Otherwise, there's little originality about the artist's subject matter except a pretty good imitative knowledge of stylistic cubism. Such blatant mimicry may simply be the result of art apprenticeship but as we analyze further the artist's craft I see simply a commercial venture.
Undoubtedly there are advantages to anonymity. When one reaches stages of popular
exposure that impinge on one's liberty and privacy it's time to call it quits. In the case of A.W. it is simply curious but suspect at the same time. That artist apparently does not seek a higher demand for their art and appears to be satisfied with a humdrum repetitive output.
On several occasions I contacted the representative who also asked to remain anonymous. Such disqualifications did not diminish my interest in A.W.'s artwork. Not being aware of the real identity of the artist I suspect that the representative and the artist including the mix of their genders may be one and the same person. After all, what is of interest is the artwork alone. Personal information is strictly for gossip purpose, and the building up of a mystery surrounding the artist is that it's not like fame will knock any time soon at their door.
At one point I was tempted to write a story on how Lyubov Popova, on one of her foreign excursions out of Soviet Russia to Paris, how she met with Fernand Leger and how they sired an illegitimate child who became a master forger of both their artworks but I don't think the reader here would be interested unless they could buy one of the artworks shown hereby.
Considering that the copyrights on these artworks have expired and they are not exact copies in technique nor size duplication, they are as near to the originals in execution.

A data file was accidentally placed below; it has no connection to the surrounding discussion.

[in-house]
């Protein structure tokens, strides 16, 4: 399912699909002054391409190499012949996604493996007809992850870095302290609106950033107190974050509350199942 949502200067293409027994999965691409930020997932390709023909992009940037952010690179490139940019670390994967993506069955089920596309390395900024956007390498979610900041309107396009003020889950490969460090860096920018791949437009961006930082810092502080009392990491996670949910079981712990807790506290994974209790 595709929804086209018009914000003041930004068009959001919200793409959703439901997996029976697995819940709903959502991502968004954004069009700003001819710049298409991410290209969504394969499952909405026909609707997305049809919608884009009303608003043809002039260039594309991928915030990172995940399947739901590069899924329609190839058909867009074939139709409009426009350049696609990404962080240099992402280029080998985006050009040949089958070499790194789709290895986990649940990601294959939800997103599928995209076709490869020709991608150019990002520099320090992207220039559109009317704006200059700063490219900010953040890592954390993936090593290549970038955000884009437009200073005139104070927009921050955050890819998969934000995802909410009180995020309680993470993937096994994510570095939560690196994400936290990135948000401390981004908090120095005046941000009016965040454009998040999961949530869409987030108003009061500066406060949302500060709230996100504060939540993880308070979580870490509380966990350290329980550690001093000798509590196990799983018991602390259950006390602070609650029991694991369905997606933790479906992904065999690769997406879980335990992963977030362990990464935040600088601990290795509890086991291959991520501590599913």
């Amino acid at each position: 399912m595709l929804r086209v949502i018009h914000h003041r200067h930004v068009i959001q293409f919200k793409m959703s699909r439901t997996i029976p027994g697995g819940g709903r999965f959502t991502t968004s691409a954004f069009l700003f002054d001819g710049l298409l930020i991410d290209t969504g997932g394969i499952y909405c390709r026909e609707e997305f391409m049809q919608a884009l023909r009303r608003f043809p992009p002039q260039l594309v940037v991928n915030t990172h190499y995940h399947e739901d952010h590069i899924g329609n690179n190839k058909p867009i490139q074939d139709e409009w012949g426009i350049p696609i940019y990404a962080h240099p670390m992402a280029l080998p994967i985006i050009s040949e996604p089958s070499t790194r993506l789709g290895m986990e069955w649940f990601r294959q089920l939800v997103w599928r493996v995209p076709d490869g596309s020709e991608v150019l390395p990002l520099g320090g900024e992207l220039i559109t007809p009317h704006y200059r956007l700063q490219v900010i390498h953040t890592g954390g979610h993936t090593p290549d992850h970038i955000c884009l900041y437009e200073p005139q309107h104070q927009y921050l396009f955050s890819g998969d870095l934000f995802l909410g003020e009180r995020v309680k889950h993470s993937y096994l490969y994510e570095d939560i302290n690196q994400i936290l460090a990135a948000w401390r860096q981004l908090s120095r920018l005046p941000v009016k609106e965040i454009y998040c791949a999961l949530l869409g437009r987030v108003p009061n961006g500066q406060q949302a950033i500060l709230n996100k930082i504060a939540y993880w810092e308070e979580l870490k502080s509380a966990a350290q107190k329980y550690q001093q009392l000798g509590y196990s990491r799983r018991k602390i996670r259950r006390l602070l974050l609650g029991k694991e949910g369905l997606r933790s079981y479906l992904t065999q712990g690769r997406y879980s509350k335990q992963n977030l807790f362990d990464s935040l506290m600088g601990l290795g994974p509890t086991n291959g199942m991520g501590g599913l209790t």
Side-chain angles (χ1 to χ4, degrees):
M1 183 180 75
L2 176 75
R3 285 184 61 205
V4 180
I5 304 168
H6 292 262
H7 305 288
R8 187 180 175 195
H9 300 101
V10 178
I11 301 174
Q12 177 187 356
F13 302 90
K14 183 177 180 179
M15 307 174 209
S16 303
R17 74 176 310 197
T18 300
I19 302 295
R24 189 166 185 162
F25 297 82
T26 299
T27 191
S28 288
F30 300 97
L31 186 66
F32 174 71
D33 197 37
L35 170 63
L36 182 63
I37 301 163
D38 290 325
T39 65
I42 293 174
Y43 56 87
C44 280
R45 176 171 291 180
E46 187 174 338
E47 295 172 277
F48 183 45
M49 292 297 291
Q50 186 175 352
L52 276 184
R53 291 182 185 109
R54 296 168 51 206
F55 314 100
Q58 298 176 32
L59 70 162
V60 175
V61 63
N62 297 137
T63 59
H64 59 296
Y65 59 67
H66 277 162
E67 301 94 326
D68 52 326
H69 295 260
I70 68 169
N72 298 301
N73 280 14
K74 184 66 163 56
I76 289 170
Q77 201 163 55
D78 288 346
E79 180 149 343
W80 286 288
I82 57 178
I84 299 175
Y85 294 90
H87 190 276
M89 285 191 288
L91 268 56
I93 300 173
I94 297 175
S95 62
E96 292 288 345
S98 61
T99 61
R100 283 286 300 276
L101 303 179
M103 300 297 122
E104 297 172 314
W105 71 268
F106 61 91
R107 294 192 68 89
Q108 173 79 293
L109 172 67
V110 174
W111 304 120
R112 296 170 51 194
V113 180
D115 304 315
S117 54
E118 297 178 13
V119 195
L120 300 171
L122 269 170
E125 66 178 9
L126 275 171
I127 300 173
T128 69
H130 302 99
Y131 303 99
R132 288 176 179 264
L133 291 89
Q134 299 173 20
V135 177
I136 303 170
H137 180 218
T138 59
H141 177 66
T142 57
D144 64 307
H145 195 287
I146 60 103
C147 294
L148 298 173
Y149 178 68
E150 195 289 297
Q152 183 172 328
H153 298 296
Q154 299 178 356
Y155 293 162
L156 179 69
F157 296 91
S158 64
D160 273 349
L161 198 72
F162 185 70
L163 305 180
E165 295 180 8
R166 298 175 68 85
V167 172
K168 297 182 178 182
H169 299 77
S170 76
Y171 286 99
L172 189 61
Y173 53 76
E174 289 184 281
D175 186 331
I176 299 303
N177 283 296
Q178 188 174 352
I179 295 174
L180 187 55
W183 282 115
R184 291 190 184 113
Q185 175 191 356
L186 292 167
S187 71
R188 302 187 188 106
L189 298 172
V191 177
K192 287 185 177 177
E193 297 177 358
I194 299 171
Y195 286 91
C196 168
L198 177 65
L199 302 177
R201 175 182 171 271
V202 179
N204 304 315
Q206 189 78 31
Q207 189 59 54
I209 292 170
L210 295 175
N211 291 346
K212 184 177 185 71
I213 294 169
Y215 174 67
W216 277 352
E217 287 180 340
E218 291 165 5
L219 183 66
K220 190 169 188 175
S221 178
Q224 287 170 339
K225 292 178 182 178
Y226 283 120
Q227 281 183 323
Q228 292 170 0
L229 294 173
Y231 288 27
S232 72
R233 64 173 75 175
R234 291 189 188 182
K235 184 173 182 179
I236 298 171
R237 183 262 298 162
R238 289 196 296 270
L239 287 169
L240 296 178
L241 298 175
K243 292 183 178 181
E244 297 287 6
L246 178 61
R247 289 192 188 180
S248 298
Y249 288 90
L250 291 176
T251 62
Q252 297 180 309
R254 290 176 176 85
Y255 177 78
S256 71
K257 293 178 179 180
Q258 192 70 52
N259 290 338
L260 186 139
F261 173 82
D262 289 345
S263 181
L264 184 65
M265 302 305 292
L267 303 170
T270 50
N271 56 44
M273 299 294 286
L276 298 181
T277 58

For further self-erudition I recommend the following excellent essay about Copies and Forgeries: What Difference Does It Make? by Leo Segedin in 2005 at http://www.leopoldsegedin.com/essay_detail_copies.cfm and especially the story of a clever and sensitive forger's life, Mark Landis, who never sold his copies but donated them. There is a must-see 90 minutes documentary on that artist who fooled more than 60 museums in believing they were receiving philantropic original fine art gifts. See https://en.wikipedia.org/wiki/Mark_Landis.
Well, if you really insist, I may offer some of the art displayed here for sale through
Vayavya. We sure could stand extra Rupees for some exotic vacations. I take full
responsibility for this message and approve it. Chuckle, chuckle!
Artworks featured in the essay:
Figure 1: Hand painted copy of Gauguin's, Nafea Faa Ipoipo (When Will You Marry?), 1892. Original sold for a record US$300 million in 2015. Courtesy: Owner, Alex Nodopaka
Figure 2: Hand painted oil-pastel by A.W. Courtesy: Owner, Alex Nodopaka
Figure 3: Hand painted oil-pastel by A.W. Courtesy: Owner, Alex Nodopaka
Figure 4: Hand painted oil-pastel by A.W. Courtesy: Owner, Alex Nodopaka
Figure 5: Hand painted oil-pastel by A.W. Courtesy: Owner, Alex Nodopaka
Figure 6: Hand painted oil-pastel by A.W. Courtesy: Owner, Alex Nodopaka
Figure 7: Hand painted oil-pastel by A.W. Courtesy: Owner, Alex Nodopaka
Figure 8: Hand painted oil-pastel by A.W. Courtesy: Owner, Alex Nodopaka
Figure 9: Hand painted oil-pastel by A.W. Courtesy: Owner, Alex Nodopaka
Figure 10: Hand painted oil-pastel by A.W. Courtesy: Owner, Alex Nodopaka
Alex Nodopaka is the Art Editor of Vayavya.